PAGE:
As you point out, from about 20, people lose their ability to hear higher frequencies, except when the sound is amplified well above any kind of normal listening volume. Failure to acknowledge that fact has led to endless spew in these forums. Everyone imagines they are better than average, one of those mythical grown ups who can hear 22khz. Just like everyone thinks they are a better than average driver.

I'm surprised you didn't call out the completely absurd comment from the guy who claims he can hear 26 khz.
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post #71 of 83 Old 08-07-2012, 04:43 PM
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Watch out with the random hearing tests. Two hazards: One, your equipment won't actually reproduce high frequencies. Or two, more dangerous, it will - and you turn it up way too loud in order to try to hear it. Set the volume with a more audible frequency, and leave it there.
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post #72 of 83 Old 08-07-2012, 05:17 PM
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Quote:
Originally Posted by Zero.exe View Post

Did I accidentally start something? o_O
haha anyway I was totally unaware most music doesn't have frequencies above 6khz. I Learn something new everyday =)
But the ill-logical question underlies in my mind of "what is better" between the Dynaudio Silks VS the Focal Beryllium.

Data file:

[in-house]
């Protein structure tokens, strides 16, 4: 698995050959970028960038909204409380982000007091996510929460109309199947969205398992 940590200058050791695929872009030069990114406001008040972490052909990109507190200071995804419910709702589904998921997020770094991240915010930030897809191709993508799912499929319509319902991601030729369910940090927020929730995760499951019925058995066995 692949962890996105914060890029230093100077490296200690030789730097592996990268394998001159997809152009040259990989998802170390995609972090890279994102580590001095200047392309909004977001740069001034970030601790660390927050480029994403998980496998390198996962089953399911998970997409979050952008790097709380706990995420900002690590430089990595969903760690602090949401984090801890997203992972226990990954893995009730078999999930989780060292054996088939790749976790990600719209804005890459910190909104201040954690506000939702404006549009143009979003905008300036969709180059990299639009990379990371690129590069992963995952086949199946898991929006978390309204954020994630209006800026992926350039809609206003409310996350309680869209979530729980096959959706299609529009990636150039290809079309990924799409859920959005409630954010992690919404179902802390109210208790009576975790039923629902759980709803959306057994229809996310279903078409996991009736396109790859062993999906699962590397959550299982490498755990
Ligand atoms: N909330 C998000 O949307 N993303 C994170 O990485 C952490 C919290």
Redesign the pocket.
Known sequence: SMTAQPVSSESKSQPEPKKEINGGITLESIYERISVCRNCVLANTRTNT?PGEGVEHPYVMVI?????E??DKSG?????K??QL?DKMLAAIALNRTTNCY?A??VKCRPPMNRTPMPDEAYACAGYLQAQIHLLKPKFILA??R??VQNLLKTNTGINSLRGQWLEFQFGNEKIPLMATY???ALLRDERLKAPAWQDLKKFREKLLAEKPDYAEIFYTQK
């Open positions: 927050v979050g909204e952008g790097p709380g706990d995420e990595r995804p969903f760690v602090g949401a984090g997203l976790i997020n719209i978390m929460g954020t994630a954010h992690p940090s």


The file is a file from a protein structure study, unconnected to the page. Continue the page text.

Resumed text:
So lets do this. Ill ask 2 Questions, everyone give me 2 answers. They should be one word answers.
(1) What do you think is better, Dynaudio Silks OR Focal Beryllium?
(2) What do you PREFER, Dynaudio Silks OR Focal Beryllium?
Lets see what we come up with. Im Very curios. Thanks guys for your participation. =)



there is no answer possible to that question.

I have in total 7 identical Focal speakers with the Beryllium tweeter in my homecinema since a couple of years, so I would rather say I know this tweeter you mentioned.

I also have in my other system 3 ribbon tweeters (magnetostatic), and another system with AMT (air motion transformer).


But I would never say, "it is the best". There are so many factors, defining the ability of a speaker, to reproduce the signal, that it is IMPOSSIBLE to say one system is better as the other.
Every technology has it pros and cons.


On the one hand there a the high end dome-tweeters out of beryllium or diamond. Theese materials have no internal resonances in the audible range, so in fact there are extremly few distortions in the sound. But they are not perfect at all. Higher amount of moving mass, imperfect directivity and very sensitive so they need a covering (which impacts the sound too).